In late June, Forbes magazine published an article by environmentalist and climate activist Michael Shellenberger in which he apologized for thirty years of climate alarmism promoted by the environmental movement.
Shellenberger thinks climate change is happening, but he does not think it is the catastrophe that it is often made out to be. In fact, he doesn’t even think it is the most serious of environmental problems. The original article is apparently no longer available on the Forbes.com website, but an archived PDF of his article may be read elsewhere.1 The article is a brief summary of an argument he makes in greater detail in his new book Apocalypse Never: Why Environmental Alarmism Hurts Us All.2
Shellenberger notes that, despite his denunciation of climate alarmism, he is not a “right-wing anti-environmentalist.”1 He has a long record of environmental activism, starting at the age of 16 when he fundraised for the Rainforest Action Network. He helped save the last unprotected redwood trees in California and has been a strong past supporter of renewable energy sources.1 He is a recipient of Time magazine’s “Hero of the Environment” award.3 He has provided expert testimony to the United States Congress and has been asked to serve as an expert reviewer for the next Intergovernmental Panel on Climate Change (IPCC) report.1
Shellenberger claims that much of the “conventional wisdom” regarding climate change is simply wrong. He also says that in the past he refrained from speaking out against climate alarmism for two reasons. First, he was embarrassed, as he himself had made some of those same alarmist claims. Second, he was afraid to do so, for fear of “losing friends and funding.” In fact, he says that on the few previous occasions on which he did speak out against misrepresentation, he suffered for it.1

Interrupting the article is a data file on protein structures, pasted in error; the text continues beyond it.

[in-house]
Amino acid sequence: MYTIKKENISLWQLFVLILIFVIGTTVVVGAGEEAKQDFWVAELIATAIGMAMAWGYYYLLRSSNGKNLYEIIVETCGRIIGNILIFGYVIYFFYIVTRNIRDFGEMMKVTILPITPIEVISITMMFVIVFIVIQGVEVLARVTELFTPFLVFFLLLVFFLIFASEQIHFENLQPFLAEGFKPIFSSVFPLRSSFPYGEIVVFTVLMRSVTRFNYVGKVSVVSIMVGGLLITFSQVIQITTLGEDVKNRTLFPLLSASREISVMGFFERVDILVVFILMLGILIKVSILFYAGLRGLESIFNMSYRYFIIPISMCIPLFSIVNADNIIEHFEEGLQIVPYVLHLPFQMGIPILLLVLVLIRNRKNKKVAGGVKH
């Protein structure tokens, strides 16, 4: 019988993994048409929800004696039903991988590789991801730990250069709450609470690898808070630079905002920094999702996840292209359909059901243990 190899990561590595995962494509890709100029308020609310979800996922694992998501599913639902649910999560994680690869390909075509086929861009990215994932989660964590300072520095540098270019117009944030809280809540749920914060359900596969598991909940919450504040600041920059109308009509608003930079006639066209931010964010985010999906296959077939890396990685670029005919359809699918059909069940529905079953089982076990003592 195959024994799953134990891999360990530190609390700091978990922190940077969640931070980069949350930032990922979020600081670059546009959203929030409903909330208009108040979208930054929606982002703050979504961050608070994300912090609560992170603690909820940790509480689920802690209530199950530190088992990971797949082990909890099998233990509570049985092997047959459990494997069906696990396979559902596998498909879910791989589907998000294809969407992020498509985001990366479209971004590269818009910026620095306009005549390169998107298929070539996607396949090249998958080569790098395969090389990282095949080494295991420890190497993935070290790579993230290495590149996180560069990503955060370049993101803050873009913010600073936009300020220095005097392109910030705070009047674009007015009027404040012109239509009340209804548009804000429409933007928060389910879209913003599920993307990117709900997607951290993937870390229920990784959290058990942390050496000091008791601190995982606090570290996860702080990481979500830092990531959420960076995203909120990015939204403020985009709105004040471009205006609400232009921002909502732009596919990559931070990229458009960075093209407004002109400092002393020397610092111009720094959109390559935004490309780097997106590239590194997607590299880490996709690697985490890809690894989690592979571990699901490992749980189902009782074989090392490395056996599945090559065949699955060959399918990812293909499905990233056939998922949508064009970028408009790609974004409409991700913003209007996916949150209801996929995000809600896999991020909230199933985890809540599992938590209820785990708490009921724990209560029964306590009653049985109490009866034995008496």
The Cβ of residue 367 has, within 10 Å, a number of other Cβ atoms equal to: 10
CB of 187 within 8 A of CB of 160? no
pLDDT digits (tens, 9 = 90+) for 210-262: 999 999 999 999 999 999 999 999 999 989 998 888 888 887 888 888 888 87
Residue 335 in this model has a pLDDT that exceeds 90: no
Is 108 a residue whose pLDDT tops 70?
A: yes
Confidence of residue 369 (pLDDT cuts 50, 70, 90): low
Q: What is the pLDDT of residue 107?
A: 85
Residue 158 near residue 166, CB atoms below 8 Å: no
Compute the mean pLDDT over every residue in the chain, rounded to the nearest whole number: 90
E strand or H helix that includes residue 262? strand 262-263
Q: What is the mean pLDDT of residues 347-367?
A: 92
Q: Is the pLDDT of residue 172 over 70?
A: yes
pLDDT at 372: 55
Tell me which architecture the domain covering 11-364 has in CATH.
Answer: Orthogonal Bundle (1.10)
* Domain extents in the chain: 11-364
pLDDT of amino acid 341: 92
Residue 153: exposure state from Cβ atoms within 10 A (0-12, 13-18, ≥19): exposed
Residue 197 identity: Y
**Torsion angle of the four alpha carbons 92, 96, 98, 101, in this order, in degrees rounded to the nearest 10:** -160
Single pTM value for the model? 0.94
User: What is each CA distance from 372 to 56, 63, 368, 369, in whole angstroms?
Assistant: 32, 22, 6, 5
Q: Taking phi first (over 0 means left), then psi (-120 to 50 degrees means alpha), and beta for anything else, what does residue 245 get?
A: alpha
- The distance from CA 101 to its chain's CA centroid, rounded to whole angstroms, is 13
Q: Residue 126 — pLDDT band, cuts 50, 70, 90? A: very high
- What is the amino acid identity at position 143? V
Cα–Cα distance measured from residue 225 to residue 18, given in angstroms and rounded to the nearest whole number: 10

This should serve as a wake-up call for those who have naively idolized scientists as objective seekers of truth motivated by nothing more than a love for truth and logic. As long-time followers of the creation-evolution controversy well know, scientists—being human—are often motivated by other factors. One simply cannot naively assume that scientists are always objective! In fact, professionals in other areas are often afraid to contradict the “consensus” view, as demonstrated by the recent dramatic resignation letter of New York Times columnist and editor Bari Weiss.4,5
Indeed, evolutionary and old-Earth beliefs, particularly acceptance of the secular Milankovitch (or astronomical) ice age theory, is a major contributor to climate alarmism,6 despite the fact that original ICR research has revealed that evidence for the theory is incredibly shaky, even if one accepts the typical old-Earth age assignments.7
This should be a reminder that only God and His Word should be trusted without reservation. Because we humans are sinful and fallible, we should “test” what others (including scientists) say—including what they say about the subject of origins.
1. Shellenberger, M. On Behalf of Environmentalists, I Apologize for the Climate Scare. Forbes. Posted on forbes.com June 28, 2020, accessed at wattsupwiththat.com July 15, 2020.
2. Shellenberger, M. 2020. Apocalypse Never: Why Environmental Alarmism Hurts Us All. New York: HarperCollins Publishers.
3. Shellenberger, M. Contributor Description. Forbes. Posted on forbes.com, accessed July 15, 2020.
4. Weiss, B. Resignation Letter. Bari Weiss website. Posted on bariweiss.com, accessed July 15, 2020.
5. Flood, B. Bari Weiss quits New York Times after bullying by colleagues over views: ‘They have called me a Nazi and a racist.’ Fox News. Posted on foxnews.com July 14, 2020, accessed July 15, 2020.
6. Hebert, J. 2019. Climate Alarmism and the Age of the Earth. Acts & Facts 48(4).
7. Hebert, J. Physics Today Article Ignores Monster Milankovitch Problem. Creation Science Update. Posted on ICR.org May 24, 2020, accessed July 15, 2020.
*Dr. Jake Hebert is Research Associate at the Institute for Creation Research and earned his Ph.D. in physics from the University of Texas at Dallas.
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